Dark. Dirty. Bloody.
This is how NH10 is best described. It's a film that takes Afia Nathaniel’s road trip thriller, Dukhtar and makes it into a tale of hell hath no fury like a woman scorned.
After Bollywood’s last fling with the well-worn revenge genre in Badlapur, Navdeep Singh’s NH10 is a timely reminder that even prosaic and repetitious themes can be fresh and intriguing.
Based on somewhat actual events, NH10 is the story of Meera (Anushka Sharma) and Arjun (Neil Bhoopalam), a young inter-caste couple based in Gurgaon, a suburb of New Delhi. A wealthy and well-connected duo, their life takes a turn for the worse as Meera is attacked one evening on her way back home. Though she narrowly escapes, the consequences of that unsettling encounter tinge the lens with which she embarks on this journey, and by extension, us — the audience — as well.
To get her mind off the incident, Arjun plans a vacation to a nearby resort. As they make their way through the treacherous highway, NH10, they witness a young couple being picked up by a bunch of hoodlums. The incident brings to light the misogyny and double standards of contemporary life in India’s rural hinterland.
That this film draws inspiration from actual events that occurred, and continue to occur, in Haryana makes it all the more believable.
Welcome to the jungle
NH10 opens with a sense of calm and restraint, luring the audience into a false sense of security. Shortly thereafter, violence ensues, leaving the film, its characters, and the story as blood stained as the bodies that keep piling up.
Without losing any of the chilling after-effects of Meera’s escape, director Navdeep Singh quickly plunges the couple, and us, into the foothills of the Aravalis where an honour killing is in full swing. Satbir (Darshan Kumaar), the son of the village sarpanch, is out to dish out some vigilante justice to his sister, the same girl who implores Meera to save them from the lopsided, warped and inhumane scales of Jatt justice.
In this wholly violent situation, especially towards the women involved, Arjun quickly falls to the predators leaving Meera to solicit help. If witnessing two young lovers being murdered by family members no less, seeing her husband beaten and mortally injured, and fighting to survive wasn’t enough, brace yourself, there’s more! With almost an hour left to the movie, the violence is only just starting.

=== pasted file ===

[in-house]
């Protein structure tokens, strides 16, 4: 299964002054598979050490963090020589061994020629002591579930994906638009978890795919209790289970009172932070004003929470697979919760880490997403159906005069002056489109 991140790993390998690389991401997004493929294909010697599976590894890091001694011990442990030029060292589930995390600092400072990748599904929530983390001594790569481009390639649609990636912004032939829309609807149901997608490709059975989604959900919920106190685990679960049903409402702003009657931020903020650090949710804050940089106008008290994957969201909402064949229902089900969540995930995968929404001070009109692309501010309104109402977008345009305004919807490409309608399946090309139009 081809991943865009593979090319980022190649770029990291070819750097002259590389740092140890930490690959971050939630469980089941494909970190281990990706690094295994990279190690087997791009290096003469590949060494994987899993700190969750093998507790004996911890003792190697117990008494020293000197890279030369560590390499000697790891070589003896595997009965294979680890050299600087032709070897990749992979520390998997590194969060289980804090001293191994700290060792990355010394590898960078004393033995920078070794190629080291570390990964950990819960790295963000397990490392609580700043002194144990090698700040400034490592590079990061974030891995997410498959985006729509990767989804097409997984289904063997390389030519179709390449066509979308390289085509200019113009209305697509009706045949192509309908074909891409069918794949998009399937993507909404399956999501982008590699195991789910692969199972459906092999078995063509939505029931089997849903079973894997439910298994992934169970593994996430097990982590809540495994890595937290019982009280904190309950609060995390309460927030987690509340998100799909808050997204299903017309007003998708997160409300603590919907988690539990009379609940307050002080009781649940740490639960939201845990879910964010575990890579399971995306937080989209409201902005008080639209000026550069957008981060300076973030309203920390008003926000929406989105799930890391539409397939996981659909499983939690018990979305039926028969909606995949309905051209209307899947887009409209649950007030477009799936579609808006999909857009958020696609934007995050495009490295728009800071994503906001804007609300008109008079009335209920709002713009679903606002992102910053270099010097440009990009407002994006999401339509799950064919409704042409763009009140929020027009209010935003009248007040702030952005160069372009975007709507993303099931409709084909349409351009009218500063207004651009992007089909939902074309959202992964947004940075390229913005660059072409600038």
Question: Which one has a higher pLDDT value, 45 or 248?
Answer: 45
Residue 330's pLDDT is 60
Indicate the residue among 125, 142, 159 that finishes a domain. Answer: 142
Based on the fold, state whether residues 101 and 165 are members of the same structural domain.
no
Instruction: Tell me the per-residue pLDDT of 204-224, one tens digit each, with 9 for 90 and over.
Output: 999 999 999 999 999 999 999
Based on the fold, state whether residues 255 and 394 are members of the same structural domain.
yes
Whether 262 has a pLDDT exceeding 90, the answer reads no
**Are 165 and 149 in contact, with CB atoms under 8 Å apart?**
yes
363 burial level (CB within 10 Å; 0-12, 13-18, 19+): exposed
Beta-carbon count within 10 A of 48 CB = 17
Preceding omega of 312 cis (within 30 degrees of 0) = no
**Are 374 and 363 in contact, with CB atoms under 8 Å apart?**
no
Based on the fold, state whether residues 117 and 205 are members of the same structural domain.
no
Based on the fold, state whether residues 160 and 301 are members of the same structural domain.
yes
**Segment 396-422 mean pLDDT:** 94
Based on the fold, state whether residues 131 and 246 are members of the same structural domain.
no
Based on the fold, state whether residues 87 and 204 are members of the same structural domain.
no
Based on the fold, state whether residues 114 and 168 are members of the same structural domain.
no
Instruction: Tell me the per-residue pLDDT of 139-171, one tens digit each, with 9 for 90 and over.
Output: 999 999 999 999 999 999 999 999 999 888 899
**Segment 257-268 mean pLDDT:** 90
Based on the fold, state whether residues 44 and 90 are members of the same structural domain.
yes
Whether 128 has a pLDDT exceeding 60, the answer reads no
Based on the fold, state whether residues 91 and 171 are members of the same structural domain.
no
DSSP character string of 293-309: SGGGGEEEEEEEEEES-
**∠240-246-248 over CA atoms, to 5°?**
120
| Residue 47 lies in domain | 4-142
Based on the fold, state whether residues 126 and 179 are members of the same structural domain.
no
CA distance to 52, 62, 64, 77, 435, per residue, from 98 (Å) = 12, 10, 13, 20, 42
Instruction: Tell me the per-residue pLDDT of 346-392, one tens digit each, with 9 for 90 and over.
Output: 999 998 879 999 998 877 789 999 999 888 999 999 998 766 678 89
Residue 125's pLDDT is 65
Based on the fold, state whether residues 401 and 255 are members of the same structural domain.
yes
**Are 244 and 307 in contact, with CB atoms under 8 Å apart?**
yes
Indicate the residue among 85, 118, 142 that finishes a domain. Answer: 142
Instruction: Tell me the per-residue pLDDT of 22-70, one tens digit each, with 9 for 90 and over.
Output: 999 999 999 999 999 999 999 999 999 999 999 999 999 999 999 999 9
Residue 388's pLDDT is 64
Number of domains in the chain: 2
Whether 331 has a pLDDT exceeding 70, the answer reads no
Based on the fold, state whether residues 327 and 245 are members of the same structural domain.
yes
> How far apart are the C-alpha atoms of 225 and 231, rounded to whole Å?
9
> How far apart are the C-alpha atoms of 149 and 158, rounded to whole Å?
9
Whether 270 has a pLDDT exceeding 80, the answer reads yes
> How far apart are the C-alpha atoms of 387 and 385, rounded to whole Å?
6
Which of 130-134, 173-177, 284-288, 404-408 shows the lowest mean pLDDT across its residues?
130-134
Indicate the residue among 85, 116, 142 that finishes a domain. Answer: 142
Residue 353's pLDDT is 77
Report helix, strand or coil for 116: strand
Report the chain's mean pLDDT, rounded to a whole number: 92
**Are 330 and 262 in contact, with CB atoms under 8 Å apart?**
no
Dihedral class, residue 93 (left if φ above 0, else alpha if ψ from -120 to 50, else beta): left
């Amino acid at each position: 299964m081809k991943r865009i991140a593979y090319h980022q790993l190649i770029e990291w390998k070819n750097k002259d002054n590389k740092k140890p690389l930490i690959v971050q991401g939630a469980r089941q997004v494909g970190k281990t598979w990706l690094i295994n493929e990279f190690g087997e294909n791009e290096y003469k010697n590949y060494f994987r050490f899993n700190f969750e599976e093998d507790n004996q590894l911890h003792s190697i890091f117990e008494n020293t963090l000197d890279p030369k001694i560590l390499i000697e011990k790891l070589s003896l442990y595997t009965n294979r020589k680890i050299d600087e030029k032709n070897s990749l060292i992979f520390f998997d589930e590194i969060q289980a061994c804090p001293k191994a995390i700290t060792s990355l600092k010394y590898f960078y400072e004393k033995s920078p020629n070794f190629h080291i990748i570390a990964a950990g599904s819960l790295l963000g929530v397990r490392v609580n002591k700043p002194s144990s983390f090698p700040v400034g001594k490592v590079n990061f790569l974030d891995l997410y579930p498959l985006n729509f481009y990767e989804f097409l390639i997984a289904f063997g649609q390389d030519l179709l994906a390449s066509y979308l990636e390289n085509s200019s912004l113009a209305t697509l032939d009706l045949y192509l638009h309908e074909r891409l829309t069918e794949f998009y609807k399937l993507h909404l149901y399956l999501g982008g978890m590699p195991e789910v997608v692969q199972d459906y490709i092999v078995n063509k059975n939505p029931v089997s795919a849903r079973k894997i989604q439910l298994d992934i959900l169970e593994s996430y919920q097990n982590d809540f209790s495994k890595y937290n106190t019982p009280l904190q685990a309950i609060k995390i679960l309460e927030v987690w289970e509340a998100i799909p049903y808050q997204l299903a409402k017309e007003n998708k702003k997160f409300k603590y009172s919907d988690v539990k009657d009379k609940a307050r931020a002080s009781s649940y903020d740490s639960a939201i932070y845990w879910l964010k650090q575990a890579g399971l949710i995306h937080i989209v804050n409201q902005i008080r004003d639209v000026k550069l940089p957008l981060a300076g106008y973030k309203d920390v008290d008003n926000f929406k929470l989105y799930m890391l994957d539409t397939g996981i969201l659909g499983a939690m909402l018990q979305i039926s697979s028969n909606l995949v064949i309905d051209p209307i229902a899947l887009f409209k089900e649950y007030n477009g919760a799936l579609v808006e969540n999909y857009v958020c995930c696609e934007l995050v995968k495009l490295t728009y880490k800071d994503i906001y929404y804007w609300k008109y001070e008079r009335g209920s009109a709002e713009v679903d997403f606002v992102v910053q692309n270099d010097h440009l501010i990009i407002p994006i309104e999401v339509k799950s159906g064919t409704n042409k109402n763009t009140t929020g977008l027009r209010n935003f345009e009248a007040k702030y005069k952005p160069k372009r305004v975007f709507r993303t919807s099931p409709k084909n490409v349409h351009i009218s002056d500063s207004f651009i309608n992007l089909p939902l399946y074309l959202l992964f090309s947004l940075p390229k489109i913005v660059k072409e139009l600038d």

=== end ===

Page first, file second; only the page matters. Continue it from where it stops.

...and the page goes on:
|The film highlights patriarchal attitudes in rural areas — Screen grab.|
It is a testament to feudal mindsets and tribal loyalties that in a post-independence South Asia (mainly India and Pakistan) the only people who come to Meera’s aid are Bihari migrant workers, who are just as removed from “India Shining’s” power structures as Meera is in Haryana’s backwaters.
The sarpanch (Deepti Naval) is neither moved by her daughter’s death nor Meera’s cries for help, all in the name of honour. With the odds firmly stacked against her, Meera rises to the occasion. Herein we have our Maula Jatti who brandishes not a gun, not a hunter but that very gritty iron rod.
And revenge is a dish best served cold
For a story that is standard 1980s Bollywood fare, NH10 draws upon a few strengths: no songs, good original background score, excellent editing, skillful camerawork, and undoubtedly, stellar performances.
The cinematography in the latter half of the film is absolutely flawless. The dirty, loo-induced, yellow and heat soaked feel of Northern India’s arid environment jumps at the viewer making the situation all the more real. Any Dilliwala will quickly recognise the highways, the dhabas and the gundas that lurk within.
|A movie laced with violence, NH10 is not for the faint-hearted. —Photo courtesy: celebmedia.org|
Jabeen Merchant’s editing takes this film from watchable to riveting. Her expert cuts back and forth that leave us hanging behind a closed door, send a chill down our spine at a forgotten phone, and keep us glued to our seats as the prey heads face first towards the predator.
Equally compelling are the performances. Anushka Sharma easily paints a picture of a yuppie, a role Sonam Kapoor was unable to pull of in Bewakoofiyan. When forced into a corner, Anushka’s Meera has enough grit and wits to survive, a fact that is commendable. Neil Bhoopalam is good support but this is entirely Anushka’s film. For the brief moment we see Deepti Naval on screen, the eeriness quotient rises cent-percent. Darshan Kumaar as Satbir is astounding for he manages to go back and forth between black and white rather well.
|Anushka's potrayal breaks the shackles of convention. —Photo courtesy: IBN Live|
Finally, Navdeep Singh is not a director know for his subtlety. He almost single-handedly revised the way remakes should be portrayed in Bollywood with Manorma Six Feet Under, replete with meta-tendenices (a clip of Jack Nicholson in Roman Polanski’s Chinatown) and elegiac action style. His trademark moves are just as visible in NH10.
Much has been written about the one-sided portrayal, the sense of entitlement felt by the privileged set, and so on and forth, but this film is not about the divide between the rich and the poor, as valid as that argument might be.
Instead, it is about the brutality with which women are treated be it in posh, urban and sophisticated Delhi or the rural, dayhati outposts of Northern India (and really this could be a story in Multan or KPK or UP). That it shows a woman not afraid to fight back, to take matters in her own hand if help won’t come, and just simply to survive, should not only be appreciated but commended.
To every Meera out there: YOU GO GIRL!
Randip Bakshi is a graduate student, avid film buff, and occasional blogger. He can be found musing on popular culture @filmijourneys.